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Gravyland: Writing Beyond the Curriculum in the City of Brotherly Love

de Stephen Parks

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In Gravyland, Parks chronicles the history of an urban university writing program and its attempt to develop politically progressive literacy partnerships with the surrounding community while having to work within and against a traditional educational and cultural landscape. He details the experience of Temple University's New City Writing program from its beginning as a small institute with one program at a local public school to a multifaceted organization, supported by large multiyear grants and establishing partnerships across the diverse neighborhoods of Philadelphia. The author describes classrooms where the community takes a seat and becomes part of the conversation--a conversation that readers of Gravyland share through the inclusion of a selection of passages produced by community writers published by New City Community Press. While Parks celebrates classroom success in generating knowledge through dialogue with the larger community, he also highlights many of the obstacles the organizers of the New City Writing program faced. The author shows that writing alliances between universities and communities are possible, but they must take into account the institutional, economic, and political pressures that accompany such partnerships. Blending the theoretical and practical lessons learned, Parks elucidates New City Writing's effort to offer a new model of education, one in which the voice of the professor must share space with the voices of the community, and one in which students come to understand that the right to sit in a classroom is the result not just of nationalist war but of peaceful civil disobedience, of community struggles to gain self-recognition, and of collective efforts to seek social justice.… (mais)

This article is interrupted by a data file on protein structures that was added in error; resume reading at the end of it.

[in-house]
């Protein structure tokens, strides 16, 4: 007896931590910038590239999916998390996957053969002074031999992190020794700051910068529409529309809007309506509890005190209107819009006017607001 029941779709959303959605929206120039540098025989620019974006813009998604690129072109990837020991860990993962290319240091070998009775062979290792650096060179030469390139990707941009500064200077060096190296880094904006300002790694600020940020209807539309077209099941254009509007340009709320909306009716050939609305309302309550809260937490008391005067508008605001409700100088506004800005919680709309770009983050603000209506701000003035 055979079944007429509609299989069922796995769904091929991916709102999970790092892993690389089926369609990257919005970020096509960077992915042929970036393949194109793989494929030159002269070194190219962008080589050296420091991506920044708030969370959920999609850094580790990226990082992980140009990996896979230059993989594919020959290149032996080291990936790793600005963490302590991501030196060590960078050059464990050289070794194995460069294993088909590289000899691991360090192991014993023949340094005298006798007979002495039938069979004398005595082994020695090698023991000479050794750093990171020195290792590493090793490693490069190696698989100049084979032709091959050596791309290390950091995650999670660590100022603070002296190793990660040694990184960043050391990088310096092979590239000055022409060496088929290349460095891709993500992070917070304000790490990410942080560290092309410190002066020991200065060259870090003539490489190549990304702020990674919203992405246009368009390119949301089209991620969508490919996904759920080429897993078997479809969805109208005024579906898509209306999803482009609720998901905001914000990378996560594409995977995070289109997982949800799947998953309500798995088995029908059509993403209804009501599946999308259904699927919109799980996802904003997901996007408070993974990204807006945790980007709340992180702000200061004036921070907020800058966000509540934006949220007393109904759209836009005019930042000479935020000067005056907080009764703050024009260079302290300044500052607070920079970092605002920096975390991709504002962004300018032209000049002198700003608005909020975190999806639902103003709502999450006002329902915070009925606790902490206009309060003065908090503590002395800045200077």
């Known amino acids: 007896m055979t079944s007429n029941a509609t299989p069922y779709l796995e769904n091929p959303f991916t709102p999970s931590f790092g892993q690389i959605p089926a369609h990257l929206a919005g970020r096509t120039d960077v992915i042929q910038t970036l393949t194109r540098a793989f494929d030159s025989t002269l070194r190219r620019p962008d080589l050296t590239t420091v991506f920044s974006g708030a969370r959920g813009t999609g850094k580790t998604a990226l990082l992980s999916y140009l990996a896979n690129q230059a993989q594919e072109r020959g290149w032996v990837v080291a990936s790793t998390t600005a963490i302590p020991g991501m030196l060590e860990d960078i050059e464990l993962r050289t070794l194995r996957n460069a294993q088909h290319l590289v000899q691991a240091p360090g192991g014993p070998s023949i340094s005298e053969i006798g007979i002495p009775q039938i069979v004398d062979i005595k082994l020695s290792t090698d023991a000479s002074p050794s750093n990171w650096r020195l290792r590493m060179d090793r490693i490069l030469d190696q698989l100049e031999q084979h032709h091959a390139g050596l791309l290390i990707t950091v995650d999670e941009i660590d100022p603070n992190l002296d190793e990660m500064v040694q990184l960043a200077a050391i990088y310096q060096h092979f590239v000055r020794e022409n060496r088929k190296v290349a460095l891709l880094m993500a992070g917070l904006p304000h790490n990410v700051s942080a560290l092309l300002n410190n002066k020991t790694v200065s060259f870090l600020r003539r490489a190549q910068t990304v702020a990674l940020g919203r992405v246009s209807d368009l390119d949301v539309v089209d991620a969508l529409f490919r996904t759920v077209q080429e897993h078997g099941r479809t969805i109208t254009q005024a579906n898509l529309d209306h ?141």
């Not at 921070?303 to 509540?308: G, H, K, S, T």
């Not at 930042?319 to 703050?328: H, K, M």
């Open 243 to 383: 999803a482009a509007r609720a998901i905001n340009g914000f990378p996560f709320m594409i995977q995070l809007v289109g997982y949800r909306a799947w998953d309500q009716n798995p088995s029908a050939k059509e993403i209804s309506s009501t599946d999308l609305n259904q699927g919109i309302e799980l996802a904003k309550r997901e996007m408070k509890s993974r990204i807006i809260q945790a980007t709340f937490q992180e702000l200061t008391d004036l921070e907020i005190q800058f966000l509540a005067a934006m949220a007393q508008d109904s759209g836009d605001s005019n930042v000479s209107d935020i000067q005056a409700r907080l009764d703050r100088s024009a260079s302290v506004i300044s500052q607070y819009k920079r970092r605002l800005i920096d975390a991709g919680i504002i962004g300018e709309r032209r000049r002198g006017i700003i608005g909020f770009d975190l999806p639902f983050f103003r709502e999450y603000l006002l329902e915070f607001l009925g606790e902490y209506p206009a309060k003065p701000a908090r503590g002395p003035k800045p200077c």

Adicionado recentemente porUWOWomensCenter, jnbc, syracuseup
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In Gravyland, Parks chronicles the history of an urban university writing program and its attempt to develop politically progressive literacy partnerships with the surrounding community while having to work within and against a traditional educational and cultural landscape. He details the experience of Temple University's New City Writing program from its beginning as a small institute with one program at a local public school to a multifaceted organization, supported by large multiyear grants and establishing partnerships across the diverse neighborhoods of Philadelphia. The author describes classrooms where the community takes a seat and becomes part of the conversation--a conversation that readers of Gravyland share through the inclusion of a selection of passages produced by community writers published by New City Community Press. While Parks celebrates classroom success in generating knowledge through dialogue with the larger community, he also highlights many of the obstacles the organizers of the New City Writing program faced. The author shows that writing alliances between universities and communities are possible, but they must take into account the institutional, economic, and political pressures that accompany such partnerships. Blending the theoretical and practical lessons learned, Parks elucidates New City Writing's effort to offer a new model of education, one in which the voice of the professor must share space with the voices of the community, and one in which students come to understand that the right to sit in a classroom is the result not just of nationalist war but of peaceful civil disobedience, of community struggles to gain self-recognition, and of collective efforts to seek social justice.

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